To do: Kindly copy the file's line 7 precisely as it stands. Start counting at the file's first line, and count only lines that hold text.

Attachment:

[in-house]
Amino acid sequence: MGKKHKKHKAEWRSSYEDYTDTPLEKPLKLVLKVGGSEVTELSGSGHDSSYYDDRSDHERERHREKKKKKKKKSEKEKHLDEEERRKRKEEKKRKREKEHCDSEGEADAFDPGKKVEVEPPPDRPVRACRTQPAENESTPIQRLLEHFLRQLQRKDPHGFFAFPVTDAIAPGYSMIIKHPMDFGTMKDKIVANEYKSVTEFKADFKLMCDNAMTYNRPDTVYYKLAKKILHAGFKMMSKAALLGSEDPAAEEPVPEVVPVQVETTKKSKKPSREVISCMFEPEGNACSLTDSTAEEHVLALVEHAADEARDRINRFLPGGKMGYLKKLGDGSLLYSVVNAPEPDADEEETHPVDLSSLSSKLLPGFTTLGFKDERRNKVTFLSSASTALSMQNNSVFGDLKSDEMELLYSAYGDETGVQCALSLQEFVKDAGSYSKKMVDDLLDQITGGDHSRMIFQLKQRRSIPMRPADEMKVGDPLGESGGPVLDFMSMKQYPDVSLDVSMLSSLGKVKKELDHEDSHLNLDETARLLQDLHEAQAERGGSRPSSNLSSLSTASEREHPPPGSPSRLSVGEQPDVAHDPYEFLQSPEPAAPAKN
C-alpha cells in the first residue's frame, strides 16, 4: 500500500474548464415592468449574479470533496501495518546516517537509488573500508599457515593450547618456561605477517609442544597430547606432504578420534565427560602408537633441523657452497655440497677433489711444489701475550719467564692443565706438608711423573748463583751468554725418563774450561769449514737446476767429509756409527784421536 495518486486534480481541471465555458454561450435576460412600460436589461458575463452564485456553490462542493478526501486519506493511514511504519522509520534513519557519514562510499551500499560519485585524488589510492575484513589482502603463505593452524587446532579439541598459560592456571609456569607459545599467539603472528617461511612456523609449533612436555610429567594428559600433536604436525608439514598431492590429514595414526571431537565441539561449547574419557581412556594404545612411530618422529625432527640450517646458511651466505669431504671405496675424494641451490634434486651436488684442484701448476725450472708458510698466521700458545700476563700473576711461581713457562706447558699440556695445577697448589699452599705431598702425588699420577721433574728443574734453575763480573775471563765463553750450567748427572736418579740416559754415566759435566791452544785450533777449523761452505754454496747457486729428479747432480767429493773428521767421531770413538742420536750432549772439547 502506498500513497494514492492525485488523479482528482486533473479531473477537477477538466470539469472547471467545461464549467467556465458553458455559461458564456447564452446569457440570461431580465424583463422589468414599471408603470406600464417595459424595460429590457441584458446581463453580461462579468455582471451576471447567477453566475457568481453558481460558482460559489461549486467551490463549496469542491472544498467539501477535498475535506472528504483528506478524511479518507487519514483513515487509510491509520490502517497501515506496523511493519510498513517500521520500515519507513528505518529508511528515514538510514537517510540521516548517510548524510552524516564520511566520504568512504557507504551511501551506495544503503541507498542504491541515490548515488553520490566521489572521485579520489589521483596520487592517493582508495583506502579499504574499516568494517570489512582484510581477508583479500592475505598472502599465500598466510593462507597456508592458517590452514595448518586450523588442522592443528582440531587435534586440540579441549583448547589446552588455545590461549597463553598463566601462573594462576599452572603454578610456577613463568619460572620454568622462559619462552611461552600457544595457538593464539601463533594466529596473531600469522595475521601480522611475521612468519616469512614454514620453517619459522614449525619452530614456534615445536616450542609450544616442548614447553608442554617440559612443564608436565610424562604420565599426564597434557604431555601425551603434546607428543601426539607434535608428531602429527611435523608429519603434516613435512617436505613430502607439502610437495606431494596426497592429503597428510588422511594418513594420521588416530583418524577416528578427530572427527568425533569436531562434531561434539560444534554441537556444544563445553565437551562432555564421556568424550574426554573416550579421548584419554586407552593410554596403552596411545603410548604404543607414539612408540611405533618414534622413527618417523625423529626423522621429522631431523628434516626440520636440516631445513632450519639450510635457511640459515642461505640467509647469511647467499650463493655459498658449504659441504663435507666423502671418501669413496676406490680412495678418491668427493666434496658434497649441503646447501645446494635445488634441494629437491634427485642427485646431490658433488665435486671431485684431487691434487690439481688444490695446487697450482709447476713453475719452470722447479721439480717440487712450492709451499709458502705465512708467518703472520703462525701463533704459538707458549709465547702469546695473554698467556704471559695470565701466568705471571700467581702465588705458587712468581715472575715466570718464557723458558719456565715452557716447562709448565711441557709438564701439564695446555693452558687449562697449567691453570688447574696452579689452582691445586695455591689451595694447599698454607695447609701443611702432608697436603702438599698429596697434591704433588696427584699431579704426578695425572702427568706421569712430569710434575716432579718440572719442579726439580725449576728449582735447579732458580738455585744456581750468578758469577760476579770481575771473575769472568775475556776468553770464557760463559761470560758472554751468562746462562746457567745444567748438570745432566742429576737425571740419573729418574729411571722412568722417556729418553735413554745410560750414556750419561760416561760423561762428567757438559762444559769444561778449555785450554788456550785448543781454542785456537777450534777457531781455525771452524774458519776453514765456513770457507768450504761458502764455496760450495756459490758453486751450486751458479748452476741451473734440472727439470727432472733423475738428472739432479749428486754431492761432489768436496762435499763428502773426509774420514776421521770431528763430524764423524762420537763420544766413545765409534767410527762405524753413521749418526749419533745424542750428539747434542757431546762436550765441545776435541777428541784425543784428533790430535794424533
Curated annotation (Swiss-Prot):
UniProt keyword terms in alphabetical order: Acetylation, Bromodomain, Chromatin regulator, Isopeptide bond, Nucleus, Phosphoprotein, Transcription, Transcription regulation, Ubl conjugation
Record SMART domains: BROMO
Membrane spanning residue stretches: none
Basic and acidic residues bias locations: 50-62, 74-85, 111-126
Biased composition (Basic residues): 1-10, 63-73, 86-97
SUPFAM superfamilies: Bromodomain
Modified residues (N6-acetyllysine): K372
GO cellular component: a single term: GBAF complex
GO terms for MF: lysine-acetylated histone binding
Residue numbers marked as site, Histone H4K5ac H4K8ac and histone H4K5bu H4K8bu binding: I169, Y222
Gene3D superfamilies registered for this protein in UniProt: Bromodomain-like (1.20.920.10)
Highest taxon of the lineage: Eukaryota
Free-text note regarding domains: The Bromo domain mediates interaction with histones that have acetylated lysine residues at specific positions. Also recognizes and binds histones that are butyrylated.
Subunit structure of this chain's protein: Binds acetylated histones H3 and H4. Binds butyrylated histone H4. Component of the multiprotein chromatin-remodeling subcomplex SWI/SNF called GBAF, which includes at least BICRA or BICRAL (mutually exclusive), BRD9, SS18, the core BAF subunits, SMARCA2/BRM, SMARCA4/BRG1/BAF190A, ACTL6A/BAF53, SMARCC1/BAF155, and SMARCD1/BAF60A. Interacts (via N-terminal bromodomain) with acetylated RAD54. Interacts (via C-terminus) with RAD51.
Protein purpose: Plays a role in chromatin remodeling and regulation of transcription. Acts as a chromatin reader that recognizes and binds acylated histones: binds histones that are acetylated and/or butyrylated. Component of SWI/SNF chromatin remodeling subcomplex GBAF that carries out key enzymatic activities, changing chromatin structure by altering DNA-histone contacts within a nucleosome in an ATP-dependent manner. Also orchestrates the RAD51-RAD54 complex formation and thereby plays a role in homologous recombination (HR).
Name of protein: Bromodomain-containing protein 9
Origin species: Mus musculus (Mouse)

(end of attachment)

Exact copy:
Membrane spanning residue stretches: none